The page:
Welcome to our latest installment of The Chicken Profiler Series – Today we’ll be talking about the Delaware!
Ethel was one of three delaware female chicks, running around their box. They were all a week or so older then the other girls we were buying, and I felt bad that we couldn’t take all three, but we were afraid that if we had 3 bigger girls, they’d pick on the smaller ones… so I picked out the one that would become Ethel, hoping that if there were a pair left, they would go home with some other crazy chicken lady.
Ethel, made it home safe and sound, and really never became the bully we were so afraid of.. and in a few weeks it didn’t matter as they all caught up with eachother size wise. But Ethel, she was a people lover. A very friendly girl, she was always one of the first to run up to me when I came out.
The Delaware chickens are a beautiful breed. With predominantly white feathers that are splashed with black in the neck and tail, they make a striking sight in the pen. They lay well and have a sweet temperament. Ethel was no exception to this. We had her for less then two years when a bobcat came and killed 10 of our 16 hens. But that’s another story.
Delaware chickens were originally called “Indians Rivers”, and were developed by George Ellis, in Delaware, in the 1940’s. This breed is a cross between Barred Plymoth Rock roosters and New Hampshire Red hens.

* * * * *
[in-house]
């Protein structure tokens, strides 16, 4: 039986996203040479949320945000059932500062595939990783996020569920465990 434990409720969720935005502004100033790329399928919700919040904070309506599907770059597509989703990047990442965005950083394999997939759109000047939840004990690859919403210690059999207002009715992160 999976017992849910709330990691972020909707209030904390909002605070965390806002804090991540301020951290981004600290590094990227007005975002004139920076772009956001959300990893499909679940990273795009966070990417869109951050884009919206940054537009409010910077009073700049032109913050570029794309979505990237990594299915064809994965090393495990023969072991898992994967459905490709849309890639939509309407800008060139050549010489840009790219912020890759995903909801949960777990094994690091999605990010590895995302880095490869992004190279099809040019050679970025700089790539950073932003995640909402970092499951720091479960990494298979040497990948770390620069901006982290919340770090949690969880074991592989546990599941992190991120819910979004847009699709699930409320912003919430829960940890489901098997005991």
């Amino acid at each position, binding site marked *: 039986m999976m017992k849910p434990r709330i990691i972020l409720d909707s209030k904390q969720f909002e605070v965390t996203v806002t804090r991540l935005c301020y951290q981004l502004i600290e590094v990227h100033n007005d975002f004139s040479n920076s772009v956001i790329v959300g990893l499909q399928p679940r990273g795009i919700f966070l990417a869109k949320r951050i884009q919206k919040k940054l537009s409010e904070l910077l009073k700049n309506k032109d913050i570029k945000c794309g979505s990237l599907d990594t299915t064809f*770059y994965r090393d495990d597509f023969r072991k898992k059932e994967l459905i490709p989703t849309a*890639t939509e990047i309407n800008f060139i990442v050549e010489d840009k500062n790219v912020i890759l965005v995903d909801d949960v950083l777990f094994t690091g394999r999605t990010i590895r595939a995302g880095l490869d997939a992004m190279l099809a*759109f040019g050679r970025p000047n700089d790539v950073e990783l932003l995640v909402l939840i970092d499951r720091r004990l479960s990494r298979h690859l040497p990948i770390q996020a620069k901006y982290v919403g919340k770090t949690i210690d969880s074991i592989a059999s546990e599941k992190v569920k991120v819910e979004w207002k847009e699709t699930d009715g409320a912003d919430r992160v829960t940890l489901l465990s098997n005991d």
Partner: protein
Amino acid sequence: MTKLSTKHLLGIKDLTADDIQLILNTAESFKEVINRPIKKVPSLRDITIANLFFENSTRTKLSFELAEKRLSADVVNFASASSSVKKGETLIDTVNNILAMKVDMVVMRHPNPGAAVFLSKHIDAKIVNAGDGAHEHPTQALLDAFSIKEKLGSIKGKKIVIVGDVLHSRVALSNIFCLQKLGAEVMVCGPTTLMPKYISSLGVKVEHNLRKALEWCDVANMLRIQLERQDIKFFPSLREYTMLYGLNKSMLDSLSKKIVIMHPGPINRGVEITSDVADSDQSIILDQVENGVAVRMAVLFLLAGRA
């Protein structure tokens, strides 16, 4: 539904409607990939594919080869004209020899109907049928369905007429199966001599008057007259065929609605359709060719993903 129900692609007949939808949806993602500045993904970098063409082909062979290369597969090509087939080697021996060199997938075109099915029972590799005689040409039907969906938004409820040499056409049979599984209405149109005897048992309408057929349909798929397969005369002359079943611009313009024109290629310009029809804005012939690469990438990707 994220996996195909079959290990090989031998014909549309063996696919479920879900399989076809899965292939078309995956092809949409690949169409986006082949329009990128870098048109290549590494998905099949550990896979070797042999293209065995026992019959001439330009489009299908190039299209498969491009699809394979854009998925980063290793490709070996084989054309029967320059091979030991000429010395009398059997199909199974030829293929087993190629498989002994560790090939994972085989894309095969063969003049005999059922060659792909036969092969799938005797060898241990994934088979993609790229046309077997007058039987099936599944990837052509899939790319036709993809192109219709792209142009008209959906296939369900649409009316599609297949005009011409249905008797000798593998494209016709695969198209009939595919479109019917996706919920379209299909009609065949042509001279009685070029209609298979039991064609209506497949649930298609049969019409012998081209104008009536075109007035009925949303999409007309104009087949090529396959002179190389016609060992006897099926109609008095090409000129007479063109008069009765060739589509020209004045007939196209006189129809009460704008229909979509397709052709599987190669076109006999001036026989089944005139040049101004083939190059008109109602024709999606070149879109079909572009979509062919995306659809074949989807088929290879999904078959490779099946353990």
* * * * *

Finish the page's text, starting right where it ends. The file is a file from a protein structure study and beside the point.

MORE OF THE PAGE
Delaware males that are mated with New Hampshire or Rhode Island Red females will mostly produce chicks of the Delaware color pattern. Delaware females that have mated with New Hampshire or Rhode Island Red males produced sex-linked offspring- the males having the Delaware color pattern and the females having the solid red color of the sires, even when first hatched.
They are a dual purpose bird, that lay large to jumbo sized brown eggs. They weigh in between 5 to 8 and half pounds with a large, red single comb. Overall, they are a fairly broad chicken with good proportions and strong legs.
At one point, these chickens were highly sought after broilers that could be found everywhere, but now are on the “critically endangered” list.
Renowned for their gentle disposition and fast growth rate, they are a fine choice for any backyard flock. We really enjoyed having Ethel around for the short time we had her.
Until next time, have a wicked good day!
The Livestock Conservency
My Pet Chicken